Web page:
Stavatti Aerospace lands in Niagara County, aiming to create 590 jobs in next five years
By James Fink
Buffalo Business First
A California-headquartered aircraft design firm has selected a former U.S. Army Reserve Center in Niagara County for its prototype development and production facility.
Stavatti Aerospace Ltd., based in San Bernardino, California, has pledged to invest nearly $26 million and create 590 jobs within the next five years.
The nearly 20-acre site along Porter Road in the Town of Niagara neighbors Niagara Falls International Airport and the Niagara Air Reserve station — two factors that helped the region land the facility over places such as Myrtle Beach, South Carolina; Dayton, Ohio; and Winnipeg, Manitoba. Sites in more than 30 states and three Canadian provinces were considered.
"This site hit all the key points we needed," said John Simon, Stavatti chief strategic development and asset officer.
Stavatti made the deal official on Oct. 31 when it acquired the Porter Road property from Buffalo businessman and real estate investor Gordon Reger, paying $1.3 million, according to public records filed in Niagara County. The complex houses 10 buildings, including a 47,000-square-foot hangar. The buildings total more than 150,000 square feet.
Reger bought the complex shortly after the federal government declared it surplus in 2011.
Simon said renovation work began Nov. 2 and that Stavatti expects to begin working on the first of several prototypes — a military-style jet —by early December.
The prototypes are expected to cost about $14 million to develop. They will include what Simon called "next-generation" military, commercial and general aviation aircraft.
Stavatti has retained Silvestri Architects P.C. of Amherst to handle the design work. Blasdell's RP Oak Hill Building Co. will serve as the construction manager, and Sevenson Environmental Services Inc. of Niagara Falls will handle demolition and remediation work.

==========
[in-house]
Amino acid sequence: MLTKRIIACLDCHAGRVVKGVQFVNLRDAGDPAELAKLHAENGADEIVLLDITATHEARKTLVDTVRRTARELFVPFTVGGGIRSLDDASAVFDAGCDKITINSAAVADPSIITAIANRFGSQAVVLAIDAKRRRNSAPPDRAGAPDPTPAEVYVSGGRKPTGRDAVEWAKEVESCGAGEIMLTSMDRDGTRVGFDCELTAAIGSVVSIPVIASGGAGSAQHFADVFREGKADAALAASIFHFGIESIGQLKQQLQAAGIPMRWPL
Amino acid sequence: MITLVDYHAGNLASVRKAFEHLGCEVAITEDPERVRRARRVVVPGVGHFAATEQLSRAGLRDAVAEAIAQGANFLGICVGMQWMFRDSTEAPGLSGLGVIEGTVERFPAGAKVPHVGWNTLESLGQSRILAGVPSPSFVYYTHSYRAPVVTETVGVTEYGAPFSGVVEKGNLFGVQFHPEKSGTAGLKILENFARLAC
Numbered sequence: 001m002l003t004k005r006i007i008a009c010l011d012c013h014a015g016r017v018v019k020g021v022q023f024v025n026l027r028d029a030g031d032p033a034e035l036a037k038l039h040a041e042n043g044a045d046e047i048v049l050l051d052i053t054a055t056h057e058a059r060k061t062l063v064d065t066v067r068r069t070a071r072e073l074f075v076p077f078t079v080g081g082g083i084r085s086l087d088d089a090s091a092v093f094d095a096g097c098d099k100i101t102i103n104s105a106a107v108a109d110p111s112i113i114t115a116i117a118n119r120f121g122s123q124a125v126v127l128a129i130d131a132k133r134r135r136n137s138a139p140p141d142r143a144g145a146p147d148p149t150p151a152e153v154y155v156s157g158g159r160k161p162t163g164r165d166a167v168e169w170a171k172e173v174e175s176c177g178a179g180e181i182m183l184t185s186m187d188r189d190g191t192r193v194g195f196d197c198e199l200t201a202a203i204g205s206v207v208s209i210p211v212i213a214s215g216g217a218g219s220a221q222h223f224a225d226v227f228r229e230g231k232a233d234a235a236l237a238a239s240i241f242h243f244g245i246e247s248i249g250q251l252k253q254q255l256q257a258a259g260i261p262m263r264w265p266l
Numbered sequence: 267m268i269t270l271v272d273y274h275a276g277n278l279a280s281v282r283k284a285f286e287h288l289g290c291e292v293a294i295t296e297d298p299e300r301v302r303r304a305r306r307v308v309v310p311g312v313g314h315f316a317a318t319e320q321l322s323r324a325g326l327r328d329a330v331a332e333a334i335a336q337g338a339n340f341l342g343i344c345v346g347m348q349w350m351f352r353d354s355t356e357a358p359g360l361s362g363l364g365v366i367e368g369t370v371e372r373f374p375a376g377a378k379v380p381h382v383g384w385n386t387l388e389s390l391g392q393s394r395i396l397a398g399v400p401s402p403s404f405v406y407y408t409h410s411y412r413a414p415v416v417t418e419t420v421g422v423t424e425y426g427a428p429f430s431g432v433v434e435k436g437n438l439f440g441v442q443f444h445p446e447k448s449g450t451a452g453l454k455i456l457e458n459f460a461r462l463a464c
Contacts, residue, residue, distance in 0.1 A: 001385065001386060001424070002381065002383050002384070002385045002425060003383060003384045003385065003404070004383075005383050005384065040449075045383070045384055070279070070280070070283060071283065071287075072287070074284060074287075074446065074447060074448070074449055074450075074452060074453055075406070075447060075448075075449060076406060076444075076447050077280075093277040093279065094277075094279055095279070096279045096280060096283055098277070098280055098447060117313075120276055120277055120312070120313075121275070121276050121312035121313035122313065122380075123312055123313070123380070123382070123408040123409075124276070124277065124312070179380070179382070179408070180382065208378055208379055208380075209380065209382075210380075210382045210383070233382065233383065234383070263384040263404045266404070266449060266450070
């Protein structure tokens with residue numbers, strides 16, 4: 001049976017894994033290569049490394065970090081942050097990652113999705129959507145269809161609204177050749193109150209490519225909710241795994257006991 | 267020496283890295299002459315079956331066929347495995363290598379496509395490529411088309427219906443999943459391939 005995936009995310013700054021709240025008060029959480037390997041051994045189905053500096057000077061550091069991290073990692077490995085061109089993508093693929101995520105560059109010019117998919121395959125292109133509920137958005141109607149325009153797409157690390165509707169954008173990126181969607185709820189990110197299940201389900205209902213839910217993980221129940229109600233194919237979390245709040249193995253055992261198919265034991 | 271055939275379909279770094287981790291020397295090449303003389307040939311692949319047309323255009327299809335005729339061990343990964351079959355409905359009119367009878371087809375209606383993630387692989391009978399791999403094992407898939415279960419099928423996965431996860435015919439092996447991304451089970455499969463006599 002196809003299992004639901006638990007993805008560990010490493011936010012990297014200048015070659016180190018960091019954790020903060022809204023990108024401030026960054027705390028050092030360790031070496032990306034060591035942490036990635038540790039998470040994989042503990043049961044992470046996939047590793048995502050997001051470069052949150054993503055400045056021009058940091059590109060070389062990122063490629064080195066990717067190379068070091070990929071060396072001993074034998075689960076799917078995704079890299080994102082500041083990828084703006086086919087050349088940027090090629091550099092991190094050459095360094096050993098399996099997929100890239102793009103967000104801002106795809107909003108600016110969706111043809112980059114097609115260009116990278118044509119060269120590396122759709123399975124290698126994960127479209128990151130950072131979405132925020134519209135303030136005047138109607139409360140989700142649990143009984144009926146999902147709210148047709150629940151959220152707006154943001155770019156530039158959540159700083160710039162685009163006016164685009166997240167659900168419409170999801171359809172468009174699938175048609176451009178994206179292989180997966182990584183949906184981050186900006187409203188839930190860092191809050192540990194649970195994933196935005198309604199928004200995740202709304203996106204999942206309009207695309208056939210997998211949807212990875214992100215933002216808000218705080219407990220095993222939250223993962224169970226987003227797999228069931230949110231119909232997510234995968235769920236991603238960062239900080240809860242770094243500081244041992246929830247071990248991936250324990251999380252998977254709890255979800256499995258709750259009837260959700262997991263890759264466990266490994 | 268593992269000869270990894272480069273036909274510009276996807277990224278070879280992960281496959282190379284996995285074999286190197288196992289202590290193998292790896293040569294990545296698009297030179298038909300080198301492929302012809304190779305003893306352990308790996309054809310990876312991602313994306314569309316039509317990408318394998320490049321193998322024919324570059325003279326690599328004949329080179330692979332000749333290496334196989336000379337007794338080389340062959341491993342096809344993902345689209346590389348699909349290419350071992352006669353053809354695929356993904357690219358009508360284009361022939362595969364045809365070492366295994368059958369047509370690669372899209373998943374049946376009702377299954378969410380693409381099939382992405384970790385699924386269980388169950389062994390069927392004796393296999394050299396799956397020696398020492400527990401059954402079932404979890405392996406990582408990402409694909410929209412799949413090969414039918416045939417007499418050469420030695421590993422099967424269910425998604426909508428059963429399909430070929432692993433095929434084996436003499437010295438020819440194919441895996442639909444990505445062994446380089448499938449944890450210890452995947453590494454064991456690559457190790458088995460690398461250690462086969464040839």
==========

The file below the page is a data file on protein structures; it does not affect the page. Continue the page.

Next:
"We are hitting the ground running," Simon said.
Stavatti hopes to have its first 15 employees hired and working on the prototype within a month. The company could have 42 people employed by early spring.
How the region won over Stavatti
Several factors helped sway Stavatti to Niagara County.
• Access to the 10,800-foot linear runway at the Niagara Falls airport and the runway's ability to handle large, heavy aircraft.
"Having a hangar right there was a big factor," Simon said.
• A cooperative educational network — including Niagara County Community College, SUNY Erie, the University at Buffalo School of Engineering and Applied Sciences, Niagara Falls City School District and Orleans/Niagara BOCES — that pledged to create aerospace design curriculum to give Stavatti the workforce it needs.
"We are going to need a steady pool of candidates within the next three years, if not sooner," Simon said. "The cooperation and interest we've received was a very strong variable."
• Nearby machine shops in Niagara County and portions of Erie County, many of which have the U.S. Department of Defense certification that Stavatti needs to fulfill some military contracts.
• Close proximity to companies such as Calspan Corp., Moog Inc. and Astronics Corp., all of which have extensive aerospace and military contract experience.
• Incentives including tax breaks approved in late October by the Niagara County Industrial Development Agency and plans to apply for 2.5 megawatts of low-cost hydropower from New York Power Authority. The application to NYPA has not, yet, been filed.
• A strong pitch from Invest Buffalo Niagara.
"Taken together, it was a very strong package," Simon said.
This article originally appeared in Buffalo Business First.